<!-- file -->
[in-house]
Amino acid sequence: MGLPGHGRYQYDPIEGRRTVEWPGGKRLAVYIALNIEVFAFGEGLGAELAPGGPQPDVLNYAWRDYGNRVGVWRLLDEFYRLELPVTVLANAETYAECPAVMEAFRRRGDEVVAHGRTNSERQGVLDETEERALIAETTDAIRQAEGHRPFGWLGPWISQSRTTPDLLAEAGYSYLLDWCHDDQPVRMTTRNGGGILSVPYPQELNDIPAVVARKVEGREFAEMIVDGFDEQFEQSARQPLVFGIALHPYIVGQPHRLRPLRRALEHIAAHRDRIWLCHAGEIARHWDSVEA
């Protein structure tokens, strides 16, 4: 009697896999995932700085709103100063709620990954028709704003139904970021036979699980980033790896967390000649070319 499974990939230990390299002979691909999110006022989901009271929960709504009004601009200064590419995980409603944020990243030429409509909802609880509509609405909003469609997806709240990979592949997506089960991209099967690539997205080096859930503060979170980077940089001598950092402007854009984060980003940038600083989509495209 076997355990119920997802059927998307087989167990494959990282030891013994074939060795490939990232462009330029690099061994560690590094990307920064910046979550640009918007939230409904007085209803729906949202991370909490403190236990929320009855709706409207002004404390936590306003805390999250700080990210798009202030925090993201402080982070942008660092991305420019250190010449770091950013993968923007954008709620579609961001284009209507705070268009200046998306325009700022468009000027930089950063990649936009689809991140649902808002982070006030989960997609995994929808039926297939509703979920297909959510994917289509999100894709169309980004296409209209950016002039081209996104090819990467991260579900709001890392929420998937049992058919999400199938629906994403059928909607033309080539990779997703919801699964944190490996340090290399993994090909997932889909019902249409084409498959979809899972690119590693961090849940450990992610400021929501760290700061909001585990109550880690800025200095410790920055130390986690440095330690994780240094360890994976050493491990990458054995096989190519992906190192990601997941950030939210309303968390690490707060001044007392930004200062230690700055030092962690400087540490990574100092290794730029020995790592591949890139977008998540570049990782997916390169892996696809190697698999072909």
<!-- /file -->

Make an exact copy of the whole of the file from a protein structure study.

[in-house]
Amino acid sequence: MGLPGHGRYQYDPIEGRRTVEWPGGKRLAVYIALNIEVFAFGEGLGAELAPGGPQPDVLNYAWRDYGNRVGVWRLLDEFYRLELPVTVLANAETYAECPAVMEAFRRRGDEVVAHGRTNSERQGVLDETEERALIAETTDAIRQAEGHRPFGWLGPWISQSRTTPDLLAEAGYSYLLDWCHDDQPVRMTTRNGGGILSVPYPQELNDIPAVVARKVEGREFAEMIVDGFDEQFEQSARQPLVFGIALHPYIVGQPHRLRPLRRALEHIAAHRDRIWLCHAGEIARHWDSVEA
């Protein structure tokens, strides 16, 4: 009697896999995932700085709103100063709620990954028709704003139904970021036979699980980033790896967390000649070319 499974990939230990390299002979691909999110006022989901009271929960709504009004601009200064590419995980409603944020990243030429409509909802609880509509609405909003469609997806709240990979592949997506089960991209099967690539997205080096859930503060979170980077940089001598950092402007854009984060980003940038600083989509495209 076997355990119920997802059927998307087989167990494959990282030891013994074939060795490939990232462009330029690099061994560690590094990307920064910046979550640009918007939230409904007085209803729906949202991370909490403190236990929320009855709706409207002004404390936590306003805390999250700080990210798009202030925090993201402080982070942008660092991305420019250190010449770091950013993968923007954008709620579609961001284009209507705070268009200046998306325009700022468009000027930089950063990649936009689809991140649902808002982070006030989960997609995994929808039926297939509703979920297909959510994917289509999100894709169309980004296409209209950016002039081209996104090819990467991260579900709001890392929420998937049992058919999400199938629906994403059928909607033309080539990779997703919801699964944190490996340090290399993994090909997932889909019902249409084409498959979809899972690119590693961090849940450990992610400021929501760290700061909001585990109550880690800025200095410790920055130390986690440095330690994780240094360890994976050493491990990458054995096989190519992906190192990601997941950030939210309303968390690490707060001044007392930004200062230690700055030092962690400087540490990574100092290794730029020995790592591949890139977008998540570049990782997916390169892996696809190697698999072909």